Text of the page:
Friday, June 26, 2015

Extending Brand from Premium to Mid-Market

Brand extension can be tricky. If done well, it can strengthen the meaning of the brand. If done poorly, it can dilute the meaning of the brand. It is particularly tricky to extend the brand down from a premium or luxury segment to a more mid-market segment. It is tricky because much of the brand's cache is in the status it confers based on its high price point and exclusivity. By definition, extending the brand down into a more moderate price point decreases the brand's exclusivity and status among its original customer base. 

The other trick is how to offer the brand at lower price points without cutting corners on the brand's product or service quality. Can one create a "brand lite" without harming the original brand?

Often, this brand extension decision becomes irreversible. 

Frequently, there is customer pressure to offer a lower priced version of the brand, especially among aspirational consumers. Retail chains, especially discount chains, would love to offer luxury brands at a lower price point, promising the brand owner significant unit volume. 

Imagine offering a $34,000 version of a $120,000 luxury car. Would it be the same car? How would the lower price point version of the car affect perceptions of the brand? Imagine offering Herm├Ęs scarves at a significantly lower price at Kmart. Columbia sportswear took its brand out to the mass channel, creating significant incremental sales volume, but at the cost of not being perceived as being comparable to North Face or Patagonia in quality.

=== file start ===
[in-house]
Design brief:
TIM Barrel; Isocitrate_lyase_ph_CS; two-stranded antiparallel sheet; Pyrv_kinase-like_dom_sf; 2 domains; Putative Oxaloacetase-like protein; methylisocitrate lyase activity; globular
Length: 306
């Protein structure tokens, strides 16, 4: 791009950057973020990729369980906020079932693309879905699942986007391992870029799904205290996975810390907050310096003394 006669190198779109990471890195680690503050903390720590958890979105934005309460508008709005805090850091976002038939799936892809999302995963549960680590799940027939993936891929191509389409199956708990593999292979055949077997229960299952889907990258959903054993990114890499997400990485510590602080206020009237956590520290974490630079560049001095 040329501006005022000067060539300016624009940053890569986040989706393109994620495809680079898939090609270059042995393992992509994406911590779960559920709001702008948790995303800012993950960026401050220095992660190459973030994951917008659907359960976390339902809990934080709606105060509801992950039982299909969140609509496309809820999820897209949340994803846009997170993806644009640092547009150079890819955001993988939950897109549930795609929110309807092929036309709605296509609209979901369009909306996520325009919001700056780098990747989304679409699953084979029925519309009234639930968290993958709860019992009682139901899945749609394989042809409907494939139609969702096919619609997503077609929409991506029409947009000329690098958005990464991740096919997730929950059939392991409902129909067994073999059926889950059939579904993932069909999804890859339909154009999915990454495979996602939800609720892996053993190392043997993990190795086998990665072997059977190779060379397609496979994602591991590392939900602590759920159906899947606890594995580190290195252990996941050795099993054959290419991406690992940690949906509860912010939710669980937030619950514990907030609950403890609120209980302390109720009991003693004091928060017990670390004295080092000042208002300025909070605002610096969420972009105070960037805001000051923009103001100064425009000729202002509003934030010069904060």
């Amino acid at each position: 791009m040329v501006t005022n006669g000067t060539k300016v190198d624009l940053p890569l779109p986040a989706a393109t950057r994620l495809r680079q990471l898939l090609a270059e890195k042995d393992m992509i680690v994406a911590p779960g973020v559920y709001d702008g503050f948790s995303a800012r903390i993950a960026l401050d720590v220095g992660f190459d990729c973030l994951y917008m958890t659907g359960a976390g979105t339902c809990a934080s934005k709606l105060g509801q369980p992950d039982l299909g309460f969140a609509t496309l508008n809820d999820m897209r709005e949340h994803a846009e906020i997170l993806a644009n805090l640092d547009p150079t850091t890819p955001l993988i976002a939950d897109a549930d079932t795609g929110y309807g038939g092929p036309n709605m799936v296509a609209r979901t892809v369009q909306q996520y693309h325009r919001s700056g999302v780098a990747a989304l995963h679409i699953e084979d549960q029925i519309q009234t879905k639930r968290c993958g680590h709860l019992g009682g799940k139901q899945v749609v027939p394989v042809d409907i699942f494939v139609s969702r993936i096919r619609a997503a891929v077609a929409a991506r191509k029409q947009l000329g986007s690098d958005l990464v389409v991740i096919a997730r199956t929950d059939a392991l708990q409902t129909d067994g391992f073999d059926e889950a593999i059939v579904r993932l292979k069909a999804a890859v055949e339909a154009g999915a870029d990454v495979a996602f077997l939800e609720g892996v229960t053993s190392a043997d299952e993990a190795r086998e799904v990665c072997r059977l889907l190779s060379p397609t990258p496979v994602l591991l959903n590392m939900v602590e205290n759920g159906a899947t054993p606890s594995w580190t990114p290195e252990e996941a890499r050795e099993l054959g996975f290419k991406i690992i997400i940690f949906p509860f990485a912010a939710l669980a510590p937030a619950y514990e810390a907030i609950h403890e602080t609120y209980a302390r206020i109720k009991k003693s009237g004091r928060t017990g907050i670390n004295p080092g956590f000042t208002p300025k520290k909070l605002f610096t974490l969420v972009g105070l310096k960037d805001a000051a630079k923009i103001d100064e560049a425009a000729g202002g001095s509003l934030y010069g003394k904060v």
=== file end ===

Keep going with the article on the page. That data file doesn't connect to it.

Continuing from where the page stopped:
Some brands approach this as a consumer entry strategy. Capture the Millennials with the lower price point, get them hooked on the brand and then lead them up to the higher price points as their incomes rise.

How often have you heard someone say, "That brand used to be good. Now they have watered it down to appeal to the mass market."?

Think about this when you are considering extending a luxury or premium brand down to a more mid-market segment:

  • Is it acceptable to us that this might be an irreversible decision?
  • Is the incremental sales volume and total profit worth the possible decrease in brand cache?
  • If we decide to do this, in what ways can we approach this to minimize the negative impact on our current customers?
  • If we do this, how will our brand's products and services vary across the price segments?
  • Could using a sub-brand help us achieve this?
  • At the same time we are making our brand more accessible to more people, can we also create an even more exclusive version of the brand for our historically loyal customers? 


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